Iron ore price slump ends record trade surplus run

Strong coal and gas exports in September failed to offset a large slump in the iron ore price that drove overall export values lower and ended Australia’s four back-to-back record trade surpluses.

But at $12.2 billion, the September surplus was still the third largest on record and Australia continues to benefit from global commodity demand.

Exports fell sharply by $3 billion (6 per cent) over the month, and despite booming oil prices, imports fell $586 million (2 per cent) as supply chain disruptions continued to hamper the global distribution of goods.

“The peak in the trade surplus has passed – now that the iron ore price bubble has burst,” Westpac senior economist Andrew Hanlan said, adding that the growth in coal and gas prices was expected by the market.

Iron ore was trading about $US90 ($120) a tonne on Thursday after peaking at $US237 a tonne in May. It was $US120 a tonne in September.

Metal ores and minerals, which largely constitute iron ore, fell $2.9 billion, or 16 per cent, and coal rose by $330 million (6 per cent). Other minerals, which capture LNG, were up $450 million (8 per cent). Demand for Australia’s coal and gas comes amid global energy crises that have driven prices higher.

In August, coal exports increased by $600 million to $5.4 billion, a 13 per cent month-on-month rise, while LNG increased by $800 million to $5.9 billion, up 16 per cent. Iron ore exports were down $736 million, or 4 per cent, over the same period.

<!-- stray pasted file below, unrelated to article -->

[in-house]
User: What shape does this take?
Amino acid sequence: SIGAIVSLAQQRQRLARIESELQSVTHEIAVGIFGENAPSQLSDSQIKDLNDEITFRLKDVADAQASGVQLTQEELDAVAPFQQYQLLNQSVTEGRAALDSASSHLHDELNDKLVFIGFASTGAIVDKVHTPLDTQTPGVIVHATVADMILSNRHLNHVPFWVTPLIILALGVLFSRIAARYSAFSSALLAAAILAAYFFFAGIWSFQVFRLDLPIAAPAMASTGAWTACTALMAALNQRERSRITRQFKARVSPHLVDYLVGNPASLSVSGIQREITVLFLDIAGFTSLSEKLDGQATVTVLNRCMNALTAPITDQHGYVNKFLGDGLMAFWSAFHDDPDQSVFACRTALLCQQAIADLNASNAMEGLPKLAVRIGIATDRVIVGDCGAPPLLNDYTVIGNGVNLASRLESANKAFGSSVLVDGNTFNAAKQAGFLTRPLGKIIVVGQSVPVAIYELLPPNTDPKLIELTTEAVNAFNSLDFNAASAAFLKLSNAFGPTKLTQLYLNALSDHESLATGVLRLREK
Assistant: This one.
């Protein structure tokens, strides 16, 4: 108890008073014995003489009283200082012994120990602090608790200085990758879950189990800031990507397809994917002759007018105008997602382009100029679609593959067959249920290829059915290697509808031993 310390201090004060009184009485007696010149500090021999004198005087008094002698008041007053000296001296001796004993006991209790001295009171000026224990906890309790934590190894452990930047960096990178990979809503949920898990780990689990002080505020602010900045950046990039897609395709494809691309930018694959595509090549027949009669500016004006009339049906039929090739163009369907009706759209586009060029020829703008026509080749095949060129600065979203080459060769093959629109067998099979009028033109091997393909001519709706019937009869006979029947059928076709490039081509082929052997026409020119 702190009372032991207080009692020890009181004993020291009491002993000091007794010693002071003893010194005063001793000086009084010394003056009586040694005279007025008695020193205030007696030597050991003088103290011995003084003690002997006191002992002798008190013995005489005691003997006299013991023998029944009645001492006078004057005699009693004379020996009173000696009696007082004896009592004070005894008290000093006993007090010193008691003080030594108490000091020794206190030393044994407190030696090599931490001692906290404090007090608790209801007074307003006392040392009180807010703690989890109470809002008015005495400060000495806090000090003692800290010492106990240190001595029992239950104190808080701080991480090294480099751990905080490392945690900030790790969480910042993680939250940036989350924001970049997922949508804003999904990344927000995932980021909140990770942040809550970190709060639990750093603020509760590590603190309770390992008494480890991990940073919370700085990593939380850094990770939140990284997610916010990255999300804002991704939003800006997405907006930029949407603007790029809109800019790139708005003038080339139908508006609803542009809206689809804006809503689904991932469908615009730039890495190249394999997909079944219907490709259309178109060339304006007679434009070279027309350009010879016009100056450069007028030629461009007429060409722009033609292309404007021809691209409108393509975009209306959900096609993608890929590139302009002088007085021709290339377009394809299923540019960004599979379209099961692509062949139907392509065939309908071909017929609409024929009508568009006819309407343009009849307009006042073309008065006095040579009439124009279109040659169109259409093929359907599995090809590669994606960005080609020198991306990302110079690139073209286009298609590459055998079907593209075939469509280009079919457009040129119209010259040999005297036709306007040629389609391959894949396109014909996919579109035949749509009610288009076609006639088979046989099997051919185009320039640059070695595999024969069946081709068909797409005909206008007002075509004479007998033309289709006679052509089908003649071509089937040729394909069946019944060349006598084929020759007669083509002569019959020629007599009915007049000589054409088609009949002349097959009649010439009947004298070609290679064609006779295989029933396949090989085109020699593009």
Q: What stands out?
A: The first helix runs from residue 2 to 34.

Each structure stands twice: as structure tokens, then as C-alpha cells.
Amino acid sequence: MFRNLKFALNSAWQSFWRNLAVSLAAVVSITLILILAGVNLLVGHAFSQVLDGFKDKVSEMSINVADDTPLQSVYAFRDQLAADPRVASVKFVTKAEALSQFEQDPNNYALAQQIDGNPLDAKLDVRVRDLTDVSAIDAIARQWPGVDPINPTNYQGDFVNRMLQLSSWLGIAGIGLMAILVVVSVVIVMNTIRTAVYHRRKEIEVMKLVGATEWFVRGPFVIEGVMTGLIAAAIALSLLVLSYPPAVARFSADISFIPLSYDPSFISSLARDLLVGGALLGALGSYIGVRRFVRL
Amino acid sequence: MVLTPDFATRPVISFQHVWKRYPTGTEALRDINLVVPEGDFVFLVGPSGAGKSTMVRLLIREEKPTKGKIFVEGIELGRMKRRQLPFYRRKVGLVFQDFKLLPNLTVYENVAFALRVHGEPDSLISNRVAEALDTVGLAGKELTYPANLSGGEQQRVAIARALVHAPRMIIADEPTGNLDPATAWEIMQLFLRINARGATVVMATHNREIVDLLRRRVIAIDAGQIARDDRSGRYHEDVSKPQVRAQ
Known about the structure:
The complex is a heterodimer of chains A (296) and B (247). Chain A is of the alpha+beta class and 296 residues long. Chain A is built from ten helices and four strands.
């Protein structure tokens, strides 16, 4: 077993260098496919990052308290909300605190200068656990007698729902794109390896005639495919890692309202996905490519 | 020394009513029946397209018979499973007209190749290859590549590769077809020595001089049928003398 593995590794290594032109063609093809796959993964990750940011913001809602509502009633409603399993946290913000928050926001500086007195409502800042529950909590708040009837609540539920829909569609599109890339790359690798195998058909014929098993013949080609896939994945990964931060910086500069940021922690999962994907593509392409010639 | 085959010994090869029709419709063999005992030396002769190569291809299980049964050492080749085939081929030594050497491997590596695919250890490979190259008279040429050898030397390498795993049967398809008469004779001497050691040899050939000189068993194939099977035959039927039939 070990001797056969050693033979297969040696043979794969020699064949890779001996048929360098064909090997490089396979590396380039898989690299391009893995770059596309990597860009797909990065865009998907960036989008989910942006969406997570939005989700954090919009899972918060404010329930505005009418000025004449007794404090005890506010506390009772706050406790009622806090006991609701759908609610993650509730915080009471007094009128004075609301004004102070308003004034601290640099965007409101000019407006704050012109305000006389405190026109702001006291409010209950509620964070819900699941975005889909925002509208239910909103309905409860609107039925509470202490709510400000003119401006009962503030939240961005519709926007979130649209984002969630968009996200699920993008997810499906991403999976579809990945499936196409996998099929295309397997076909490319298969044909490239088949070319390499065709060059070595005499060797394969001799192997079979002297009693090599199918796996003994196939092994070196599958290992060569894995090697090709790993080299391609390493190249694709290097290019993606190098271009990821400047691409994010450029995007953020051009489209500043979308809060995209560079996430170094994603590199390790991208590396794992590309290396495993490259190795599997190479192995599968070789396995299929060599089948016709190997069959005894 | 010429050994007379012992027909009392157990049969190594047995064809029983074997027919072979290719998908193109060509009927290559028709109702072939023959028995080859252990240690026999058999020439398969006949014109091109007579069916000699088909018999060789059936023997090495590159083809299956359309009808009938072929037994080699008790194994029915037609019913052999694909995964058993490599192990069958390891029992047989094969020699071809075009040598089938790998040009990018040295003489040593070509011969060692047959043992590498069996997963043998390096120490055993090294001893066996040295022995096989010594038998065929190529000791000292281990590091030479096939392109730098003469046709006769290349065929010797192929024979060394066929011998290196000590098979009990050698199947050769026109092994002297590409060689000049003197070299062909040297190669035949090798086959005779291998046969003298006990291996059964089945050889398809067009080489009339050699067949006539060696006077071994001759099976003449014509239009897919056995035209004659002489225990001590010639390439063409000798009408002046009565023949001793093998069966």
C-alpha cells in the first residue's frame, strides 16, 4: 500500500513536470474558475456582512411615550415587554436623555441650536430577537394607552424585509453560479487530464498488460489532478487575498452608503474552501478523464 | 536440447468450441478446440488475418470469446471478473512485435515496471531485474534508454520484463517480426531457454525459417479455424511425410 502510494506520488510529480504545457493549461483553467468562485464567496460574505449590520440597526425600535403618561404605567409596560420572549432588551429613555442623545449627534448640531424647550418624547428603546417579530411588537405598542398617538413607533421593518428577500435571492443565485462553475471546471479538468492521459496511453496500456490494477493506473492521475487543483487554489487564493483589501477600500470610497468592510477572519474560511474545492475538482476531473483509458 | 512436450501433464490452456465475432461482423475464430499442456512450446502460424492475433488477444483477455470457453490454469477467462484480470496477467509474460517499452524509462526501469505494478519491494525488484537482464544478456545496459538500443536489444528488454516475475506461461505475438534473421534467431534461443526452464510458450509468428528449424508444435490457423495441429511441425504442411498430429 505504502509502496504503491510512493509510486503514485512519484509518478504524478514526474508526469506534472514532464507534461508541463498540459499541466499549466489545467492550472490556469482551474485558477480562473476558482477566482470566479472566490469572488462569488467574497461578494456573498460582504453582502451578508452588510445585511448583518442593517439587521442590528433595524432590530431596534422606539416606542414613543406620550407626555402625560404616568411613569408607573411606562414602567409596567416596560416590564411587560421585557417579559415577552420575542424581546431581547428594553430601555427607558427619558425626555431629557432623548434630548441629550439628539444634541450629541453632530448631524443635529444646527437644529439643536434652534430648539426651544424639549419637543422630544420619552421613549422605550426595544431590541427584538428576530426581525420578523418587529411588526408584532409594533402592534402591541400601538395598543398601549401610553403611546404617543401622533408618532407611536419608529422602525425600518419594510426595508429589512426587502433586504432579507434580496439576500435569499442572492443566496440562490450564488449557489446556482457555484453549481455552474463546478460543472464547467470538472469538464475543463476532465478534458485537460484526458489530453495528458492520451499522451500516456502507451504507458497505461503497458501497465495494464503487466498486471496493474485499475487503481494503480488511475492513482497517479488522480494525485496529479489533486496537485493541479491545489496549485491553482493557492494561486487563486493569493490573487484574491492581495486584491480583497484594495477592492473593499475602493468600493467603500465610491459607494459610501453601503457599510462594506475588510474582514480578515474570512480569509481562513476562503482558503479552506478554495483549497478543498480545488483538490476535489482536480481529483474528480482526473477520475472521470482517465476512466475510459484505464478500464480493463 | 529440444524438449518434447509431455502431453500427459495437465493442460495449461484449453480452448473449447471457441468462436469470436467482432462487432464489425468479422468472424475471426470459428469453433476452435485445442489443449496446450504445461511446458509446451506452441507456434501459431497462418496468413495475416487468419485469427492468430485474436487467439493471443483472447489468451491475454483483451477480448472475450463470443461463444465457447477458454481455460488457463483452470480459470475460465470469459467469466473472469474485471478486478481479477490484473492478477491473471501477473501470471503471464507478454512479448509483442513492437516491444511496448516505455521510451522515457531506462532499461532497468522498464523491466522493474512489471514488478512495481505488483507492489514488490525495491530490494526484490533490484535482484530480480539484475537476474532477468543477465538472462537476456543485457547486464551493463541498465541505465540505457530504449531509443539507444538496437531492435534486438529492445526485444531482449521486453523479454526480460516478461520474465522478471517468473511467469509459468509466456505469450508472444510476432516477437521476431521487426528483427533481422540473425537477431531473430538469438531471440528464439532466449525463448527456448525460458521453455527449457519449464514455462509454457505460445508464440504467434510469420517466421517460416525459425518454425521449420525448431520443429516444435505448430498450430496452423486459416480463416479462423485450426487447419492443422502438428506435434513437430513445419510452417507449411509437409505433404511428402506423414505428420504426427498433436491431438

“Prices for these commodities have surged recently, and while prices are down from record levels, they still remain quite elevated,” Commonwealth Bank analysts said.

On imports, a $1 billion fall in imported consumer goods and a $62 million fall in intermediate and other merchandise goods was partially offset by a $466 million rise in capital goods.

Fuel shipments fell $231 million (7.6 per cent) despite booming prices globally, and consumer transport equipment fell almost $1 billion (38 per cent), which was largely attributed to the global COVID-19 disruptions.

A sizeable weekly rise in US crude inventories took oil prices lower on Wednesday night (AEST), and fresh nuclear talks with Iran have many hopeful that further supply will come online in the not too distant future.

However, prices have been elevated in recent months, including September, driven by the limited output from OPEC coinciding with a spike in demand as economies reopen after COVID-19 restrictions.

According to the Federal Chamber of Automotive Industries, motor vehicle sales fell 8.1 per cent year-on-year in October, with 74,650 cars rolled out of car yards. The result was lower than in October 2019.

Sales were down 22.3 per cent in Canberra, 15.4 per cent in Western Australia, 12.2 per cent in NSW and 10.3 per cent in Queensland; in Victoria, sales rose 6.1 per cent.

“Automotive manufacturers like all those in the global manufacturing sector are dealing with a microprocessor shortage, which is leading to longer wait times to get products to market,” FCAI chief executive Tony Weber said.

“Australians are continuing to purchase vehicles, and carmakers are working to deliver products to our shores.”

Toyota was the market leader in October with 15,395 vehicles sold. This was followed by Hyundai with 6115 and Ford with 5462. Mazda was in fourth place selling 5181 cars and Kia came in fifth with 4853.

Imports of machinery and industrial equipment were down $31 million, or 1 per cent, which was fully offset by a $100 million increase in civil aircraft imports, a sector that enjoyed its third monthly increase in imports.

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